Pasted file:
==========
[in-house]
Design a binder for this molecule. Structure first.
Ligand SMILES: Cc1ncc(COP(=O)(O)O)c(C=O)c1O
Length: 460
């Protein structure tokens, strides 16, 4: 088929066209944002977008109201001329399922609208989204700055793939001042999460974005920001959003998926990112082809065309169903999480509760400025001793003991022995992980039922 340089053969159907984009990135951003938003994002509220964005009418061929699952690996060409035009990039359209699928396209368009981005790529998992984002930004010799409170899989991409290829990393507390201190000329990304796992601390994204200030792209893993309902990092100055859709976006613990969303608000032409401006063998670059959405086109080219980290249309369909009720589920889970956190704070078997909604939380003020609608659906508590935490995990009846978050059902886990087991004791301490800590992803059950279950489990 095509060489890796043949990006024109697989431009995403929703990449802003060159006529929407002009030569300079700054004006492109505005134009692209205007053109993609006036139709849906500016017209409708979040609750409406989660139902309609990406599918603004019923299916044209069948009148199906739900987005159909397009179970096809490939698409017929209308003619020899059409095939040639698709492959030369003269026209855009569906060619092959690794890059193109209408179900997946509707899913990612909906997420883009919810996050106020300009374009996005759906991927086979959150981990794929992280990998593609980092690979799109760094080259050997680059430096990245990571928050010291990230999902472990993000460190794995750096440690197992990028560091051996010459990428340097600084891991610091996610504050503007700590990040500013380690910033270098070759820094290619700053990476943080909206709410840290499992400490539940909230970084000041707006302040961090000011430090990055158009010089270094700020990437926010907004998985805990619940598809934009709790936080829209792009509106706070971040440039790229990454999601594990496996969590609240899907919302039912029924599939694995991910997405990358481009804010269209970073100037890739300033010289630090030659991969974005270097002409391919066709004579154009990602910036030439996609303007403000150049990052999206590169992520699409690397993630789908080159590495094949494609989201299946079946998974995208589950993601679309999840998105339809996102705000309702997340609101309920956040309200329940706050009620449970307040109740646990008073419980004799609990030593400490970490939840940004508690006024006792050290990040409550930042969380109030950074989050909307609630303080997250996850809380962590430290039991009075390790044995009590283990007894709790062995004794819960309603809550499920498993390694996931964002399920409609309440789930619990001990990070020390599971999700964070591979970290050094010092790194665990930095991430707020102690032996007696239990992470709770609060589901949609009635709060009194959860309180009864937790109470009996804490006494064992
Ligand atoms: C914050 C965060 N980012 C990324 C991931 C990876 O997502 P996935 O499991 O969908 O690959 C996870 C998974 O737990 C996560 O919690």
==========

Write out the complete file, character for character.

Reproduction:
[in-house]
Design a binder for this molecule. Structure first.
Ligand SMILES: Cc1ncc(COP(=O)(O)O)c(C=O)c1O
Length: 460
């Protein structure tokens, strides 16, 4: 088929066209944002977008109201001329399922609208989204700055793939001042999460974005920001959003998926990112082809065309169903999480509760400025001793003991022995992980039922 340089053969159907984009990135951003938003994002509220964005009418061929699952690996060409035009990039359209699928396209368009981005790529998992984002930004010799409170899989991409290829990393507390201190000329990304796992601390994204200030792209893993309902990092100055859709976006613990969303608000032409401006063998670059959405086109080219980290249309369909009720589920889970956190704070078997909604939380003020609608659906508590935490995990009846978050059902886990087991004791301490800590992803059950279950489990 095509060489890796043949990006024109697989431009995403929703990449802003060159006529929407002009030569300079700054004006492109505005134009692209205007053109993609006036139709849906500016017209409708979040609750409406989660139902309609990406599918603004019923299916044209069948009148199906739900987005159909397009179970096809490939698409017929209308003619020899059409095939040639698709492959030369003269026209855009569906060619092959690794890059193109209408179900997946509707899913990612909906997420883009919810996050106020300009374009996005759906991927086979959150981990794929992280990998593609980092690979799109760094080259050997680059430096990245990571928050010291990230999902472990993000460190794995750096440690197992990028560091051996010459990428340097600084891991610091996610504050503007700590990040500013380690910033270098070759820094290619700053990476943080909206709410840290499992400490539940909230970084000041707006302040961090000011430090990055158009010089270094700020990437926010907004998985805990619940598809934009709790936080829209792009509106706070971040440039790229990454999601594990496996969590609240899907919302039912029924599939694995991910997405990358481009804010269209970073100037890739300033010289630090030659991969974005270097002409391919066709004579154009990602910036030439996609303007403000150049990052999206590169992520699409690397993630789908080159590495094949494609989201299946079946998974995208589950993601679309999840998105339809996102705000309702997340609101309920956040309200329940706050009620449970307040109740646990008073419980004799609990030593400490970490939840940004508690006024006792050290990040409550930042969380109030950074989050909307609630303080997250996850809380962590430290039991009075390790044995009590283990007894709790062995004794819960309603809550499920498993390694996931964002399920409609309440789930619990001990990070020390599971999700964070591979970290050094010092790194665990930095991430707020102690032996007696239990992470709770609060589901949609009635709060009194959860309180009864937790109470009996804490006494064992
Ligand atoms: C914050 C965060 N980012 C990324 C991931 C990876 O997502 P996935 O499991 O969908 O690959 C996870 C998974 O737990 C996560 O919690």